Vitamin B12 helps in various body functions, including carbohydrate and fat synthesis. Some side effects, include mild diarrhea, skin rash, dizziness, itching, nausea, headaches, vomiting, sensation swelling, pulmonary edema, vein thrombosis, and polycythemia vera.
Vitamin B12 is needed for various body functions and developments. Most people get enough of this vitamin from the regular foods they eat; however, some people may experience its deficiency, which is rarely detected at an early stage. Serious deficiency could result in nerve damage, anemia, and stomach problems. The doctors often recommend an oral or injection of vitamin B12 for people with deficiency. Let’s consider the possible side effects of too much intake of the vitamin.
What is Vitamin B12?
This vitamin is a water-soluble vitamin that helps the body perform various functions, such as fat and carbohydrate synthesis, to make new proteins and provide energy. It also helps in nerve cell health, the formation of red blood cells, and neurological functions. It is mostly found in animal-based foods since it binds itself to food protein molecules. During digestion, this vitamin is separated from the protein to be absorbed into the bloodstream. The acid in the stomach aid in this separation, and another substance known as the intrinsic factor is needed to enhance absorption. It means that vitamin B12 deficiency could result from a poor diet lacking the vitamin or the body’s inability to absorb it.
Since Vitamin B12 is water-soluble, it is often absorbed in the ileum and then used for making red blood cells and DNA. The vitamins not utilized are stored in the liver, meaning individuals taking on vitamin B12 supplements may take more than the body requires.
Side effects of excess intake of Vitamin B12
An oral intake of the vitamin at recommended dosages is healthy and recommended for people with deficiency. However, an injection of vitamin B12, used under severe deficient conditions, can result in some side effects, including mild diarrhea, skin rash, dizziness, itching, nausea, headaches, vomiting, sensation swelling, pulmonary edema, vein thrombosis, and polycythemia vera.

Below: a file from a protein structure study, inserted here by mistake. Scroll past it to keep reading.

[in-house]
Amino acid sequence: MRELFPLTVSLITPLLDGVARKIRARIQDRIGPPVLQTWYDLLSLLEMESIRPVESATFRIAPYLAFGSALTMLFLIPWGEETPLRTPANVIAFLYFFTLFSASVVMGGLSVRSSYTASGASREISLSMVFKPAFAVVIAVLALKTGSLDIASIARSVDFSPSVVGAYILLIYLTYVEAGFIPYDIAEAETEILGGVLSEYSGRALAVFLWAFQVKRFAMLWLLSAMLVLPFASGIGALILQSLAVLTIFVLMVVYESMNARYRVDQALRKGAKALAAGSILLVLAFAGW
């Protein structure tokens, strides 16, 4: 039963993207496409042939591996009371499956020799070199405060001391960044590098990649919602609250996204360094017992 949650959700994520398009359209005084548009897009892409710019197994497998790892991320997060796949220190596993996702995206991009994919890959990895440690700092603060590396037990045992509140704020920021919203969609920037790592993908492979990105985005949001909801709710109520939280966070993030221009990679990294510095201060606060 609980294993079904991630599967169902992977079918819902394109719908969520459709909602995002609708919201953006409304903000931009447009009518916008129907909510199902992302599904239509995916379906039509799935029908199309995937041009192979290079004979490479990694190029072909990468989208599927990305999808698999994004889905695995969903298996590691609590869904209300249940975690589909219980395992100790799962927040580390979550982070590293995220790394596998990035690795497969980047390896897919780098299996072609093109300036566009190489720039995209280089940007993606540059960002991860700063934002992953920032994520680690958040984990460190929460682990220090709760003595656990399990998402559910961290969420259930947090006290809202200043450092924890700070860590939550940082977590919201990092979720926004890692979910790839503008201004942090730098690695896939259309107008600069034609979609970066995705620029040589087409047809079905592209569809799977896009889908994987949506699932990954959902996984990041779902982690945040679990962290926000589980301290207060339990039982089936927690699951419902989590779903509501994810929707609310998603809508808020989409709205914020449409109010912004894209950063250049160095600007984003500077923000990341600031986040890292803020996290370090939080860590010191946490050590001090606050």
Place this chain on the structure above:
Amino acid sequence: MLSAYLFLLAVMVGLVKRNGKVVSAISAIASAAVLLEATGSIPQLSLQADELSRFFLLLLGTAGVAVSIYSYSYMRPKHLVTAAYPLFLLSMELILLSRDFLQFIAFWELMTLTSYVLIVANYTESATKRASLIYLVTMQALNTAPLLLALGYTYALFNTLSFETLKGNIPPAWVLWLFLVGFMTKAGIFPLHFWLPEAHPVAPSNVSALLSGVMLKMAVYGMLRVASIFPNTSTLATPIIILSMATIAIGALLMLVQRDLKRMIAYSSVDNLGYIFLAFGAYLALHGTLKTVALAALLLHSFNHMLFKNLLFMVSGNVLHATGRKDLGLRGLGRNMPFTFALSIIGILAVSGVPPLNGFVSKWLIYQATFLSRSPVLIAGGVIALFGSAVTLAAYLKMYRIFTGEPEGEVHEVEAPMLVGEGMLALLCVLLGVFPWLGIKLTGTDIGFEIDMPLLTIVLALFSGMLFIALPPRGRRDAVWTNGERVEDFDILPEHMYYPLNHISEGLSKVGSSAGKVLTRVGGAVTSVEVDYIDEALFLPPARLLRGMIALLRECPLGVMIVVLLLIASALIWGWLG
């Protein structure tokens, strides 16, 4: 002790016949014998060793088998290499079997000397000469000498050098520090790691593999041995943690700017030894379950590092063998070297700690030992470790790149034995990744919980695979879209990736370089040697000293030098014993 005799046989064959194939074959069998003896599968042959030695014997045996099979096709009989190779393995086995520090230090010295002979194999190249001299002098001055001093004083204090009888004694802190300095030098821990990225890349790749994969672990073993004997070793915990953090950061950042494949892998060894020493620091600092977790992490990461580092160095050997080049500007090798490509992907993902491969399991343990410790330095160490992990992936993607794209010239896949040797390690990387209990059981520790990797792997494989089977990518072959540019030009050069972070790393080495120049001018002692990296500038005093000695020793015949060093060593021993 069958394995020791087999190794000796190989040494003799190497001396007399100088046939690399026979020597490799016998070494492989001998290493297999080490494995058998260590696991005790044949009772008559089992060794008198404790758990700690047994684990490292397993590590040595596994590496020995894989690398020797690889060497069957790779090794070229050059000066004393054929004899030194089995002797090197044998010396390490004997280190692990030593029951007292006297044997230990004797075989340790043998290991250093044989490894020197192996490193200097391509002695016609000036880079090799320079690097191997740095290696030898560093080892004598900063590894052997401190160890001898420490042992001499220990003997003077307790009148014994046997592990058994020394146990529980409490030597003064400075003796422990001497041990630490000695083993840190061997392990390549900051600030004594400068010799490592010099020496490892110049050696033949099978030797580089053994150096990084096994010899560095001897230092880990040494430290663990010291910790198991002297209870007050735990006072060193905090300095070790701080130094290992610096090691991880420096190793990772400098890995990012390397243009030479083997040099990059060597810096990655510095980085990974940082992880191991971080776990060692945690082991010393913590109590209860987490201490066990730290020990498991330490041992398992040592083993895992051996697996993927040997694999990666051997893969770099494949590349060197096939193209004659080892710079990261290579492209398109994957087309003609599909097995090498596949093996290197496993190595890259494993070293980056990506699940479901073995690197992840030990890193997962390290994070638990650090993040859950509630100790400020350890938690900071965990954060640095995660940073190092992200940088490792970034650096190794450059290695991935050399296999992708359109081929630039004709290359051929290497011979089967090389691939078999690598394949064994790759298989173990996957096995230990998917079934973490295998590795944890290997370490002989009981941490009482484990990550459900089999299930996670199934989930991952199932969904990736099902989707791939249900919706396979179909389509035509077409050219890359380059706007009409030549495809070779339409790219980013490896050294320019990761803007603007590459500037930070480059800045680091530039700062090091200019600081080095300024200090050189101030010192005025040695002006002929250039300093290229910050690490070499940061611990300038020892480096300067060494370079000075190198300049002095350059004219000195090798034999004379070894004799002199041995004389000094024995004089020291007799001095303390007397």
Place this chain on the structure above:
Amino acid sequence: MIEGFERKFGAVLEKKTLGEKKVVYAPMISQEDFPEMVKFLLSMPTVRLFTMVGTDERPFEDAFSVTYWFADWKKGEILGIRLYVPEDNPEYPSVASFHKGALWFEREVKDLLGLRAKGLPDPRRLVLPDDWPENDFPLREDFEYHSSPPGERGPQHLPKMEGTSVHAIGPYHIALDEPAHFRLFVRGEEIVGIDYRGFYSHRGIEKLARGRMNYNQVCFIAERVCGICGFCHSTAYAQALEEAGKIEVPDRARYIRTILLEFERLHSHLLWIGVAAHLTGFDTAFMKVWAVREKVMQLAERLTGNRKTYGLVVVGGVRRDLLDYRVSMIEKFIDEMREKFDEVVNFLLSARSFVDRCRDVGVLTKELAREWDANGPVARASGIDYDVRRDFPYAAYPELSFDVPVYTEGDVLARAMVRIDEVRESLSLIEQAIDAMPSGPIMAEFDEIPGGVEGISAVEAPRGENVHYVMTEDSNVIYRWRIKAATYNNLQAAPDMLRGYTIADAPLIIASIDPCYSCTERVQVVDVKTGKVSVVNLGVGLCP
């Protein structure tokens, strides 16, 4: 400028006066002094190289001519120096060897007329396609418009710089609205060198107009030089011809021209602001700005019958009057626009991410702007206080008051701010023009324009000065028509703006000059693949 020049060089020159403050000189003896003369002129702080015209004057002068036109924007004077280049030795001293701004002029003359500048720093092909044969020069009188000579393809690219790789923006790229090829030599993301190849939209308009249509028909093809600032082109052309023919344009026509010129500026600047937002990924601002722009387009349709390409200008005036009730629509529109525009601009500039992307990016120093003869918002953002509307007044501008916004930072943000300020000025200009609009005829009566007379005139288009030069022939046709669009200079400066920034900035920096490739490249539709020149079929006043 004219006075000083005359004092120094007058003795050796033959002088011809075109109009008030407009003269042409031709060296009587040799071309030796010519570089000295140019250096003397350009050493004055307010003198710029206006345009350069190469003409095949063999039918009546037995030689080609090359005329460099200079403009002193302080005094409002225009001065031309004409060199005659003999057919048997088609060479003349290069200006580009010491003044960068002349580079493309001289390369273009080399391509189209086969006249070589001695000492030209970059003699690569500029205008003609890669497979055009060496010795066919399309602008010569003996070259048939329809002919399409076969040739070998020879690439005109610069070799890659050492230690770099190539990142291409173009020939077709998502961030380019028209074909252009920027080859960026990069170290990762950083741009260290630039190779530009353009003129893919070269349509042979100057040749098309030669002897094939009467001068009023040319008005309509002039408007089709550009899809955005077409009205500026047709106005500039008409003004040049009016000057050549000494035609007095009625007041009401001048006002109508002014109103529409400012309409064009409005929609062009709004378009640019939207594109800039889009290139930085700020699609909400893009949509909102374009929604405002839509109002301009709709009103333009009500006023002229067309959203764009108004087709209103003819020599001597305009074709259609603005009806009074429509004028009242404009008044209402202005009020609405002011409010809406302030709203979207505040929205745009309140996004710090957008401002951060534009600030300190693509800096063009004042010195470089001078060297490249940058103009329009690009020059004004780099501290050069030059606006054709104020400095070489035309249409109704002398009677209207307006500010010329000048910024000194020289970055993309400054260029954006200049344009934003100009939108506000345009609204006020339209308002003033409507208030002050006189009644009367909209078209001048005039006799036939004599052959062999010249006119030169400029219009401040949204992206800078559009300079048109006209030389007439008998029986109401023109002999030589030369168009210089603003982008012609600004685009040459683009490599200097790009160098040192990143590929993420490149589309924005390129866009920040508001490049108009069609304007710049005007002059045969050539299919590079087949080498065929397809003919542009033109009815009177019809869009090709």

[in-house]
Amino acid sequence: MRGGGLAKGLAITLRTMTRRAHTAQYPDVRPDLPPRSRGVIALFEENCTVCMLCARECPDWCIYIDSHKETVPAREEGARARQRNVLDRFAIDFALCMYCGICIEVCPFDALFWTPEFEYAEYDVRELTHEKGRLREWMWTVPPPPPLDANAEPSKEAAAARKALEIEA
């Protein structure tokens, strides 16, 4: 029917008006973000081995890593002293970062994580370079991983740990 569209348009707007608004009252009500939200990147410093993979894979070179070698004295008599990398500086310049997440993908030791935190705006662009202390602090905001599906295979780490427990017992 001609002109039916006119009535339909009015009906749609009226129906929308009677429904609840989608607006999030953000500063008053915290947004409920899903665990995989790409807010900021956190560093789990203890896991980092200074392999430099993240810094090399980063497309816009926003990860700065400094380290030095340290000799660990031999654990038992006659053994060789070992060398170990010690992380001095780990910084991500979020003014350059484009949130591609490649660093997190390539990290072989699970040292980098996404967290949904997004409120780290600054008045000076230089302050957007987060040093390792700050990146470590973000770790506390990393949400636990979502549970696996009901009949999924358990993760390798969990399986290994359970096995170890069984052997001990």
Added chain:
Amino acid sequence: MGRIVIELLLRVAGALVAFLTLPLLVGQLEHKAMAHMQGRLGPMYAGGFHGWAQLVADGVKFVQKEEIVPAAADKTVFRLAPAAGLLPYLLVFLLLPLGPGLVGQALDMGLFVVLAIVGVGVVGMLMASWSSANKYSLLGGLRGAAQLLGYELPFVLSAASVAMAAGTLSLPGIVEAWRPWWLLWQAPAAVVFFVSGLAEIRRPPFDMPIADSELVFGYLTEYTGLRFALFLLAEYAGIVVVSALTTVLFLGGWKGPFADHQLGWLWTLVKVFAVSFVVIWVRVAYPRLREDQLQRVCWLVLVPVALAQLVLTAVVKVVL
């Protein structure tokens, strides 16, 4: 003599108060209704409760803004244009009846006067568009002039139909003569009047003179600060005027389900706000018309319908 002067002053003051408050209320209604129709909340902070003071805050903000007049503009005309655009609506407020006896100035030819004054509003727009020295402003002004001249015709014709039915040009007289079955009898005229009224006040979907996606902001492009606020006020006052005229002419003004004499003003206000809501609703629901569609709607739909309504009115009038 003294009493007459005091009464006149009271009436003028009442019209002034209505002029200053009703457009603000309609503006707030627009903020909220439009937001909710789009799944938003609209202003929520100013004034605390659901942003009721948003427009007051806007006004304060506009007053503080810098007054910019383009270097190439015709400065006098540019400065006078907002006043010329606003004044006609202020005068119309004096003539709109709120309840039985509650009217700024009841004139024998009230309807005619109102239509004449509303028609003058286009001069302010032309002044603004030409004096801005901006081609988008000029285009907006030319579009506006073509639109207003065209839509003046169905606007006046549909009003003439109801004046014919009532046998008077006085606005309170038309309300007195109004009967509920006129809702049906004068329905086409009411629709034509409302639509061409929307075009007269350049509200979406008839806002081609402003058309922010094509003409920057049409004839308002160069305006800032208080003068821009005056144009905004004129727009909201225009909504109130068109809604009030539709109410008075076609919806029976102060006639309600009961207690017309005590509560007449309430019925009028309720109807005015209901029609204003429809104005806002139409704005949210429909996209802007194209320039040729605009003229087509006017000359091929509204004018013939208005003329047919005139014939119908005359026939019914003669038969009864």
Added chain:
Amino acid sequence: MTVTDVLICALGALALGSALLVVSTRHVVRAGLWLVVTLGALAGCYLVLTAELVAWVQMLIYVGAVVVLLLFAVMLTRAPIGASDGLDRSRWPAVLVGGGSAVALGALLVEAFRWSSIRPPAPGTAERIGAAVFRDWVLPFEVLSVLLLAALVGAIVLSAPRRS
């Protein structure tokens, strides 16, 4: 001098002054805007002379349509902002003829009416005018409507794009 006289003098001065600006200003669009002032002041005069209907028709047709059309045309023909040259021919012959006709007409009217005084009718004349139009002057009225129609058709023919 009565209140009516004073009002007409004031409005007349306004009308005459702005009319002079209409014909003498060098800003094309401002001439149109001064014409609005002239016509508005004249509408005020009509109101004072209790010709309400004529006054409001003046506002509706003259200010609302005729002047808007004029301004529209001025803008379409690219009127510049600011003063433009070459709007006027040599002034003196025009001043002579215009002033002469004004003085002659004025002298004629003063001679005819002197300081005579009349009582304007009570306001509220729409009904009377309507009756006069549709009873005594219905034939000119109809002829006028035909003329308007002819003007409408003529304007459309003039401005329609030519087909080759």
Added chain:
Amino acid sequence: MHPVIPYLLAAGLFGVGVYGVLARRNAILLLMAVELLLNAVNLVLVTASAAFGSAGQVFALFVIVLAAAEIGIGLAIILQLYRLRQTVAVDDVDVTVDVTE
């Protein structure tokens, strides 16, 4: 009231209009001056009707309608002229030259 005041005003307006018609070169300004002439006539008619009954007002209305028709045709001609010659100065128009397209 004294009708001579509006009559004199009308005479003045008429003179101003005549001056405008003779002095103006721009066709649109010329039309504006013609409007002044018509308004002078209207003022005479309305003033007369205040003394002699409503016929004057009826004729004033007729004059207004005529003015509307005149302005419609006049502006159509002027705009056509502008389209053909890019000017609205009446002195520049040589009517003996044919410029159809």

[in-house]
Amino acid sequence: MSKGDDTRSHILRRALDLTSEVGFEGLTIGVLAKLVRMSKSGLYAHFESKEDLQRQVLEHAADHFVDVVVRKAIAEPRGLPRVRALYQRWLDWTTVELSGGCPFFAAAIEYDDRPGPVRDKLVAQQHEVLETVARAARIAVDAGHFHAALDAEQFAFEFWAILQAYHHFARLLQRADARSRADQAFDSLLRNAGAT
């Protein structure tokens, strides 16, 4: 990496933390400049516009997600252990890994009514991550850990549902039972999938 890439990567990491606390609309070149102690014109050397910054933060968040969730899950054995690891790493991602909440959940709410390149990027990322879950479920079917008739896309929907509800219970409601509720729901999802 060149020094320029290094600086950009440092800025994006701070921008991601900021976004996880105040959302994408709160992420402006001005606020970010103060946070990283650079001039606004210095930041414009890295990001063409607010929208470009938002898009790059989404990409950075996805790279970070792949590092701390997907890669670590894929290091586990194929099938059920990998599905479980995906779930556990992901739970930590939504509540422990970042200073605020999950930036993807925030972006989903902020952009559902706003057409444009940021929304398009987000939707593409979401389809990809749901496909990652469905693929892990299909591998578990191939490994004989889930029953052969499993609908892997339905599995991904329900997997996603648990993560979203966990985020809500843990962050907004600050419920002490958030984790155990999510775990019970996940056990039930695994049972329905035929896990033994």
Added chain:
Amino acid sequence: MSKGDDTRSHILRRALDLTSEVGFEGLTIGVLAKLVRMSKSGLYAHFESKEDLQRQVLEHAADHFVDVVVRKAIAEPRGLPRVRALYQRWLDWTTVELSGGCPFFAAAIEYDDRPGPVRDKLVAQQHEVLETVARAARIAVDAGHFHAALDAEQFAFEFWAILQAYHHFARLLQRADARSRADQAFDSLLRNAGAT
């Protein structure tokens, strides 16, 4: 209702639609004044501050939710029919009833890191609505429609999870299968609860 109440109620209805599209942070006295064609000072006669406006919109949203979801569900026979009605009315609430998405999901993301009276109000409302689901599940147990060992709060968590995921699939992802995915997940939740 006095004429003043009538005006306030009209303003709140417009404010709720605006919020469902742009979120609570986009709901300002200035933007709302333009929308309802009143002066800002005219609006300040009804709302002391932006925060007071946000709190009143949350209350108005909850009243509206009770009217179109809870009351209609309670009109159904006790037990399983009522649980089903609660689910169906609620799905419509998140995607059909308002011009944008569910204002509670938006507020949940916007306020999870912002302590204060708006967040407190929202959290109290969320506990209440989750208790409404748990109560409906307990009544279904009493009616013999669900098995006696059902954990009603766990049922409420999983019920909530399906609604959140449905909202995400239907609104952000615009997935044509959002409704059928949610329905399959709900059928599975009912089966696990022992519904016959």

Additionally, it can cause a rare allergic reaction called anaphylaxis-which includes swelling of the tongue, face, throat, and problems breathing and swallowing. This condition is serious, and one is advised to call an emergency line should experience them. Vitamin B12 supplements are recommended for people taking vitamin C, metformin, colchicine, H2 blockers, proton pump inhibitors, and chloramphenicol. If you are under these medications, you may need to alternate them with the timing of your vitamin B12 supplements. For example, if you are taking the medication in the morning, you can take the supplements in the evening. It is also advisable to avoid vitamin B-12 supplements if you are allergic or sensitive to cobalt or any other elements in the supplements.
Signs and Symptoms of Vitamin B12 Deficiency
The symptoms of vitamin B12 resemble signs of other illnesses and can take some time before the doctors point out the main problem. Nevertheless, some of the common signs to look for could signify a lack of the vitamin. If you experience persistent fatigue, lethargy, decreased cognitive function, depression or irritability, constipation, headache, feeling faint, mouth ulcers, heart palpitation, paraesthesia, swollen tongue, or vision changes.